Photosensitivity and Seizures
If you are a senior citizen, you can probably remember a time when there were no reliable treatments for epilepsy. People did not understand why seizures happened and they were afraid of them. You may remember, as a child, that families often sent people with seizures off to institutions, or kept them at home, isolated from others. And you may have heard it whispered (incorrectly) that epilepsy is a form of mental illness. Find out more about how perceptions have changed.
Seizures in Later Life
Epilepsy in the Elderly
Currently affects about 300,000 seniors nationwide; most rapidly growing population group with epilepsy.
Causes include after-effects of stroke, tumor, or cardiovascular events.
Poses more difficult problems in treatment because of age-related issues and use of other medications.
Increases risk of falls, broken bones, loss of independence.
Epilepsy is a functional disorder of the brain, a kind of occasional glitch in the amazing electrical system which controls everything we feel and do. These brief malfunctions (which are called seizures) may temporarily block awareness. They can also cause uncontrollable shaking, convulsions, confusion, or affect the senses.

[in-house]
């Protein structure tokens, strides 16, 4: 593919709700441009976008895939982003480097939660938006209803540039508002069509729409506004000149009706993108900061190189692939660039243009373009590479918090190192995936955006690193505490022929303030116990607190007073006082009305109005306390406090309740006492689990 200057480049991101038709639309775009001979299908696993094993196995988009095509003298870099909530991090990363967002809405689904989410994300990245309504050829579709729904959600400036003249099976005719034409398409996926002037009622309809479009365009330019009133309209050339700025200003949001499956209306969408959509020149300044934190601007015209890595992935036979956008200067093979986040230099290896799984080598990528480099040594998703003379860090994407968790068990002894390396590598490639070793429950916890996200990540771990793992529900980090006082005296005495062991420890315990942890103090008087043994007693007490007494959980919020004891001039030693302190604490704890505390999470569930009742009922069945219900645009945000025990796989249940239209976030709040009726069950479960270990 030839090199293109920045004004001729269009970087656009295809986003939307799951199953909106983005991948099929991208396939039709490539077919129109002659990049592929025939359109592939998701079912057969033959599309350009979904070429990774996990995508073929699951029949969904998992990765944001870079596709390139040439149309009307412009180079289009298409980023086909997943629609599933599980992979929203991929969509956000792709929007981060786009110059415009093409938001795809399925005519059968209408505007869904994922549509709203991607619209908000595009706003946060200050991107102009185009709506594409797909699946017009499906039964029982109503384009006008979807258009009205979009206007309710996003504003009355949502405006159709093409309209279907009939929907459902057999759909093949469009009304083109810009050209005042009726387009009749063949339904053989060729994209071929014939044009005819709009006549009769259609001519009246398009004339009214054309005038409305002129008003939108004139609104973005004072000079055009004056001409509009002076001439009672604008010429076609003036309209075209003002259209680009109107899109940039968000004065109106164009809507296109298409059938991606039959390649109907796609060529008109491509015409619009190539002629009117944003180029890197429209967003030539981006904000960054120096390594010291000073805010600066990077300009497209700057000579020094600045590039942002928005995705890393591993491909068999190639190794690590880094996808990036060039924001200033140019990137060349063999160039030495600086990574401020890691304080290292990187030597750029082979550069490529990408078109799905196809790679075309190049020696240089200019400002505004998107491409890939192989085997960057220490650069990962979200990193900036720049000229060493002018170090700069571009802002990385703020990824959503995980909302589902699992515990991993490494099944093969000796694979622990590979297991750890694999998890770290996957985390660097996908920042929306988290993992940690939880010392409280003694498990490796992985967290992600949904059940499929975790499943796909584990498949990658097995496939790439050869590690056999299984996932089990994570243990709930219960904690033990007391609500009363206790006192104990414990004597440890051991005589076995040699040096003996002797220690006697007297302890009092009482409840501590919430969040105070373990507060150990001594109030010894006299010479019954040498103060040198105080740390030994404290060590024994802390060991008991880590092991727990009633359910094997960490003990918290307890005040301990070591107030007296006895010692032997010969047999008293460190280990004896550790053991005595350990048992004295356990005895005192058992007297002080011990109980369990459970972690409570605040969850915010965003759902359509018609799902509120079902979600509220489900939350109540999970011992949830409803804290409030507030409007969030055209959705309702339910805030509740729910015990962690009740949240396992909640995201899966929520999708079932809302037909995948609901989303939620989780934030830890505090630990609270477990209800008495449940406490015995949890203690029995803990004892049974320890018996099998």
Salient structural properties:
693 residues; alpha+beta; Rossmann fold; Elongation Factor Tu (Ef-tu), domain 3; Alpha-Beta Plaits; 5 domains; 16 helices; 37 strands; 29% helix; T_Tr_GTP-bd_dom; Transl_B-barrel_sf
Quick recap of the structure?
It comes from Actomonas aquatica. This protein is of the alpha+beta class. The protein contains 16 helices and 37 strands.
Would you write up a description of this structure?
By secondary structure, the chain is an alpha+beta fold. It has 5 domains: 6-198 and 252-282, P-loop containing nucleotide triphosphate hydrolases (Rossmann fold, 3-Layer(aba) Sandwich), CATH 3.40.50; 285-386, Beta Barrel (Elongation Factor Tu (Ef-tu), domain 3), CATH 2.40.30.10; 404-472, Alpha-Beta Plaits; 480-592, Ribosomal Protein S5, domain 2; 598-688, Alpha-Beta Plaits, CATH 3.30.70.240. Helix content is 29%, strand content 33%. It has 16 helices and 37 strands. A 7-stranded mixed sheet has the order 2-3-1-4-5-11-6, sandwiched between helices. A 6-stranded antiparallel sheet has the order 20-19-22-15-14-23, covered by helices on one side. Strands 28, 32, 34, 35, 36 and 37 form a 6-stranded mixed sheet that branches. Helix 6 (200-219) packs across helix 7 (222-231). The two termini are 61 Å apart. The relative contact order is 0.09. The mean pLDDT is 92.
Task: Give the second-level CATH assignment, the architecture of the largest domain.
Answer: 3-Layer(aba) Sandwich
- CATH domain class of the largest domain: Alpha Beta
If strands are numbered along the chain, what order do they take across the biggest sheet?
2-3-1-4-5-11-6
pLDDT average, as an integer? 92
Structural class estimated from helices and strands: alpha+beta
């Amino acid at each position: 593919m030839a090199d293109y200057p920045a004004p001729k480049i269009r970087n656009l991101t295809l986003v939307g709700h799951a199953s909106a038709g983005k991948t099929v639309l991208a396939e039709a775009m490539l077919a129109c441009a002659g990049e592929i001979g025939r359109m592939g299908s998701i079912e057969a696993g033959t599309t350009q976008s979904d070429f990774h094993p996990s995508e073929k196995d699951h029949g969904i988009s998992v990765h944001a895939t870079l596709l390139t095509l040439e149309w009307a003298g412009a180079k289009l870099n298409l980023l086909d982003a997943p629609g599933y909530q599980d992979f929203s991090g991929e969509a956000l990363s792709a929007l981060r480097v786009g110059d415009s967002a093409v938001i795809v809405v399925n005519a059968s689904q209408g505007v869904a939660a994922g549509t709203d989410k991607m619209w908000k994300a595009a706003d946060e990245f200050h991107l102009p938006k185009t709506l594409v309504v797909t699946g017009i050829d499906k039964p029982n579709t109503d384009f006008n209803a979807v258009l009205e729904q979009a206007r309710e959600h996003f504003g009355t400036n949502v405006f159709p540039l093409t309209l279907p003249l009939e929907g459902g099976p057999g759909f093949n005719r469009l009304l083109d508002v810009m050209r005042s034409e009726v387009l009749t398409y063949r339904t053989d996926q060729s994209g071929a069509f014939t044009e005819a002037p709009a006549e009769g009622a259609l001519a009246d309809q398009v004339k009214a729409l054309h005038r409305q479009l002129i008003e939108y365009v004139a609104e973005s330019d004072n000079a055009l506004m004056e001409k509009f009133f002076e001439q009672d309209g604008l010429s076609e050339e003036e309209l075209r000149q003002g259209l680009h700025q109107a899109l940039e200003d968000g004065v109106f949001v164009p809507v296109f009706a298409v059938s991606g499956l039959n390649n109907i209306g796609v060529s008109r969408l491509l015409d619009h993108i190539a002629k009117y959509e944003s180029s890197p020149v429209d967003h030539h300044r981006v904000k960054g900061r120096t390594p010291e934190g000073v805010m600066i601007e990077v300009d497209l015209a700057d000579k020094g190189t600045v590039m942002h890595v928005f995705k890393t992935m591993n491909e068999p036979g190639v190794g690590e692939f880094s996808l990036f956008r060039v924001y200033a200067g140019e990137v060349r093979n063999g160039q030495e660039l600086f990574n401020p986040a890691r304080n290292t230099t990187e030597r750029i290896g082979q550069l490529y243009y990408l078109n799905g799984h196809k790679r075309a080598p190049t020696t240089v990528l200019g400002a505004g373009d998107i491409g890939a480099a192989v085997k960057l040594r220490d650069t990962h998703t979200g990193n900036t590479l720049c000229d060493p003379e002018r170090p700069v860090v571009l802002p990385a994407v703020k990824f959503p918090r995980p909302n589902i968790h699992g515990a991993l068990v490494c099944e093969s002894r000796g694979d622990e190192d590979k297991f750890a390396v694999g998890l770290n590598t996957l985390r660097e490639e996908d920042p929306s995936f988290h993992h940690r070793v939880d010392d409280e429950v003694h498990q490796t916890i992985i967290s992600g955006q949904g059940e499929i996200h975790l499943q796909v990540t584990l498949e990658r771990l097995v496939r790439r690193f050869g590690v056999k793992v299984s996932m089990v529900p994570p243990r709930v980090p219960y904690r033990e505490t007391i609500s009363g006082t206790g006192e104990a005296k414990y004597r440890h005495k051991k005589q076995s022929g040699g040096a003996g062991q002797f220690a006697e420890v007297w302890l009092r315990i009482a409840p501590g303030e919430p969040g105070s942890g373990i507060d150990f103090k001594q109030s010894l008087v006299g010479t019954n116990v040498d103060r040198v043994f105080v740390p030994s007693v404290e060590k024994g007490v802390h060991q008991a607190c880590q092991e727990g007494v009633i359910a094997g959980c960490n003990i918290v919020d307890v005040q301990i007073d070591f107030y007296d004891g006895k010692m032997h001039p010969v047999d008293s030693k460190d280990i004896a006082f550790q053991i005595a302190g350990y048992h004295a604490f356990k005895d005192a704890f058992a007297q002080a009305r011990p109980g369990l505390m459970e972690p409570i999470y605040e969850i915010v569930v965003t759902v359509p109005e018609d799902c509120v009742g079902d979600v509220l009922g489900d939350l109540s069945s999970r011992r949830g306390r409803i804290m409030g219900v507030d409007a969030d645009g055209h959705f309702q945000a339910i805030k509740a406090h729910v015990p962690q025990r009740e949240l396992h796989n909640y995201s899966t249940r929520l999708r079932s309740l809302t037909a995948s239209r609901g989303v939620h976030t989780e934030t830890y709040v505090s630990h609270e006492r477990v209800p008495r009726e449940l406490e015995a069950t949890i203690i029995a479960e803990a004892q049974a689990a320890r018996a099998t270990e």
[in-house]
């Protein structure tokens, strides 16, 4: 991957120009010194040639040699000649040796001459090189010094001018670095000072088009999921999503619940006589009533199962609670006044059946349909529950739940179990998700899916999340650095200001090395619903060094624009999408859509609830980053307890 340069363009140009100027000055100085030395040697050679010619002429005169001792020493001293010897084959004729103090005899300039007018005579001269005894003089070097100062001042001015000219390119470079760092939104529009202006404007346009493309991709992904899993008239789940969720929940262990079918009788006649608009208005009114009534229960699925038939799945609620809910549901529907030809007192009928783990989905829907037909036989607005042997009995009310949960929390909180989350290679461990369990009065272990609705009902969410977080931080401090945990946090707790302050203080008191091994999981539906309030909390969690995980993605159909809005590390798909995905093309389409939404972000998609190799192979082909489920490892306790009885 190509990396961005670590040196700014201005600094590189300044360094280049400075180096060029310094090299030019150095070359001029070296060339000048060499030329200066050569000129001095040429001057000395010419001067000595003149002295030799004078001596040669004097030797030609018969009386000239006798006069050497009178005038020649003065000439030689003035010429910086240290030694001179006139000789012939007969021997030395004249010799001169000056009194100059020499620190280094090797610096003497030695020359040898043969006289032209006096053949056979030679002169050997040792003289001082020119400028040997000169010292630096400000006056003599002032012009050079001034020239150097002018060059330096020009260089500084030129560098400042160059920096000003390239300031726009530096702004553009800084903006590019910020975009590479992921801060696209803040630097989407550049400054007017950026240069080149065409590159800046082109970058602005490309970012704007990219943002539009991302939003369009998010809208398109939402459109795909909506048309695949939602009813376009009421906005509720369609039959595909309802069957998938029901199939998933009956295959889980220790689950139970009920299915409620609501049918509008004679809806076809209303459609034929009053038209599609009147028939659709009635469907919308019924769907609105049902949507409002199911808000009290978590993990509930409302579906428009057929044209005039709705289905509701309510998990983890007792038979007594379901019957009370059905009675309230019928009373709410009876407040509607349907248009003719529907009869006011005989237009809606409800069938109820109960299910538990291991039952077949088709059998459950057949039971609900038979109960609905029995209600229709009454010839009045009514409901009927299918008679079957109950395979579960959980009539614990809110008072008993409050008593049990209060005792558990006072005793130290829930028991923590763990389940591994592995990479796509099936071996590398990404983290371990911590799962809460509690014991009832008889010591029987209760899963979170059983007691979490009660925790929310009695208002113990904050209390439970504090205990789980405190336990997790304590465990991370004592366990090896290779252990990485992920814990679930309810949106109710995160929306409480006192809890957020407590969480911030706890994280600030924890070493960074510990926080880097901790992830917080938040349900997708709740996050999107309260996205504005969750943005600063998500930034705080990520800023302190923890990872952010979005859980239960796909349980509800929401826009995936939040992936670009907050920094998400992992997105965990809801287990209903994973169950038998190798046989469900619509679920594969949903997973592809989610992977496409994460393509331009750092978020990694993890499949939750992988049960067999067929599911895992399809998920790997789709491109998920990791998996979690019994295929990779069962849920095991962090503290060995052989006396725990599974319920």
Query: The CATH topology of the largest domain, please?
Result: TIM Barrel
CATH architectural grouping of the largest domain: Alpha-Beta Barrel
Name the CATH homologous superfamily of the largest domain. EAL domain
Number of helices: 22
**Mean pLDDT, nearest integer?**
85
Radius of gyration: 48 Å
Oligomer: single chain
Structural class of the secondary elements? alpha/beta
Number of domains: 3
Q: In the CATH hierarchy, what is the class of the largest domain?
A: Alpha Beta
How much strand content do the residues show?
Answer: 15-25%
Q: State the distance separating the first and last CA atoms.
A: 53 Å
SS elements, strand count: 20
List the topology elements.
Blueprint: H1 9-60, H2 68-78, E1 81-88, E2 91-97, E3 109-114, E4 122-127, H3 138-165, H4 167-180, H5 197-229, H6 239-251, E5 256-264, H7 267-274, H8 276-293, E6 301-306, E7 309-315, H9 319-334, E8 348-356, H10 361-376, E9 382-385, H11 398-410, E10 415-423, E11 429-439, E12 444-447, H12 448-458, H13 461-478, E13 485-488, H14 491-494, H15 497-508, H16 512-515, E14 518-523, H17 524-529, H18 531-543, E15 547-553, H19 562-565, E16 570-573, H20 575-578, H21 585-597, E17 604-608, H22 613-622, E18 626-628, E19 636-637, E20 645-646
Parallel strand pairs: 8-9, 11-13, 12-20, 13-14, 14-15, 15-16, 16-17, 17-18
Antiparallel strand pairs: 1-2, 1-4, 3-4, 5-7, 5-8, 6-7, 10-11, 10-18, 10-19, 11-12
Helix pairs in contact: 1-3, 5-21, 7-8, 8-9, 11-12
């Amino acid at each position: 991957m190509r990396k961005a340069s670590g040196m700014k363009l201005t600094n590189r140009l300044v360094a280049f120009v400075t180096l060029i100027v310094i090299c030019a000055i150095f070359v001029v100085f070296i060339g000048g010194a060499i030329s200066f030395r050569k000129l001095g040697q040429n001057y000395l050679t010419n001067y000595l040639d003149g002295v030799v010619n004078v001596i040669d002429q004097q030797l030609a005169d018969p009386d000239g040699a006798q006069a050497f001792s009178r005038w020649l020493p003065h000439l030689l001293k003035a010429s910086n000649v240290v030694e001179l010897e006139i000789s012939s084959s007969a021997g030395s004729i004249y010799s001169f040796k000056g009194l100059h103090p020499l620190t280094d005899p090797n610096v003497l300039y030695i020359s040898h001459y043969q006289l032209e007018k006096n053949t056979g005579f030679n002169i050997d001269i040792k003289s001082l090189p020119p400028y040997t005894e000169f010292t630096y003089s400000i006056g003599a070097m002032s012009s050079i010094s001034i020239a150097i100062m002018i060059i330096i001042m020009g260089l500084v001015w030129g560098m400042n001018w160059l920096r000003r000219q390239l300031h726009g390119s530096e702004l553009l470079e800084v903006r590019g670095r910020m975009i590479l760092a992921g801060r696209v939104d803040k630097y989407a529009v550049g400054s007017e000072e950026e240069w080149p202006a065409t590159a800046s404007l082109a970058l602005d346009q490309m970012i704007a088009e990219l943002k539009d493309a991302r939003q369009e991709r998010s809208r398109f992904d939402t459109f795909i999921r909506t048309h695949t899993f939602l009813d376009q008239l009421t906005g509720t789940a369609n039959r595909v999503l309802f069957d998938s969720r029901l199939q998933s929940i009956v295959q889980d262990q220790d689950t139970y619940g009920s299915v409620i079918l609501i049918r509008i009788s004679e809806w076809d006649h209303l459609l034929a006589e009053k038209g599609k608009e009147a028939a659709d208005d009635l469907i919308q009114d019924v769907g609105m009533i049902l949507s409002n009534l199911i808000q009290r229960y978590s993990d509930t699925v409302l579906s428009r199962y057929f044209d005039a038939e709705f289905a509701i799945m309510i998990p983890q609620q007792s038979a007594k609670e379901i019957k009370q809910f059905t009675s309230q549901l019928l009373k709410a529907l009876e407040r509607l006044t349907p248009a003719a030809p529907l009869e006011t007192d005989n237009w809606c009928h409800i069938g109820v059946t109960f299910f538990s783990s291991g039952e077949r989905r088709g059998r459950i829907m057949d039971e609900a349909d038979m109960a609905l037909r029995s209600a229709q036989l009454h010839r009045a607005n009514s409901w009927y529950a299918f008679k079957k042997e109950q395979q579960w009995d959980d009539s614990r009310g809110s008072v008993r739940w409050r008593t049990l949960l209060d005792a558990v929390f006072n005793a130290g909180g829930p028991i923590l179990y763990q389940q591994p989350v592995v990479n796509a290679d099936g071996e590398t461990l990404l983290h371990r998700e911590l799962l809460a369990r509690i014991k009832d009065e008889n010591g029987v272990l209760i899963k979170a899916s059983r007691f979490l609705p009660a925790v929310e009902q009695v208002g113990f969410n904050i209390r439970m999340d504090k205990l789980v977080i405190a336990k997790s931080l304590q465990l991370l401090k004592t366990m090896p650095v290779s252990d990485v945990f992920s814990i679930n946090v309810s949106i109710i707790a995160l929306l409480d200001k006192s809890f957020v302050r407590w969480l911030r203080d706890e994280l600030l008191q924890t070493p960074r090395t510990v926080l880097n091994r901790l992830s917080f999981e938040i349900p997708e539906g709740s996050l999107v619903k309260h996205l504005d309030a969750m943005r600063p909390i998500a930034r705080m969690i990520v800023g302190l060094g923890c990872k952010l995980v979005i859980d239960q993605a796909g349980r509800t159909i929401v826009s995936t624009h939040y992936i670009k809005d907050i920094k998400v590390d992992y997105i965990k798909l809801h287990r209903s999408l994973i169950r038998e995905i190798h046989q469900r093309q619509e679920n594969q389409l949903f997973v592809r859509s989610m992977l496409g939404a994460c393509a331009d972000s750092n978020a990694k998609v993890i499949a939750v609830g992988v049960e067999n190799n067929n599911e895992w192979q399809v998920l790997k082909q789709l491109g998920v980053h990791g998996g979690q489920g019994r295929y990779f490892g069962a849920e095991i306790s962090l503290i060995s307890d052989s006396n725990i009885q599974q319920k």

Anyone at any age can have a seizure if the brain is stressed sufficiently by injury or disease. A single seizure isn't epilepsy, although the symptoms are the same. Epilepsy is the name given to seizures that occur more than once because of an underlying condition in the brain.
Although there are always exceptions, senior citizens with epilepsy who are otherwise in good health and whose mental abilities are unaffected can usually continue to live independently. Families may find this idea difficult to accept. With the best of intentions, they often become overprotective, making an older relative more dependent than is necessary.
Seizure causes are identifiable for about 50 percent of seniors, but just as in younger people, the types of seizures vary. Treatment in seniors, often made more difficult because of age-related issues and other medications, varies, although medication and surgery are the most common forms of treatment.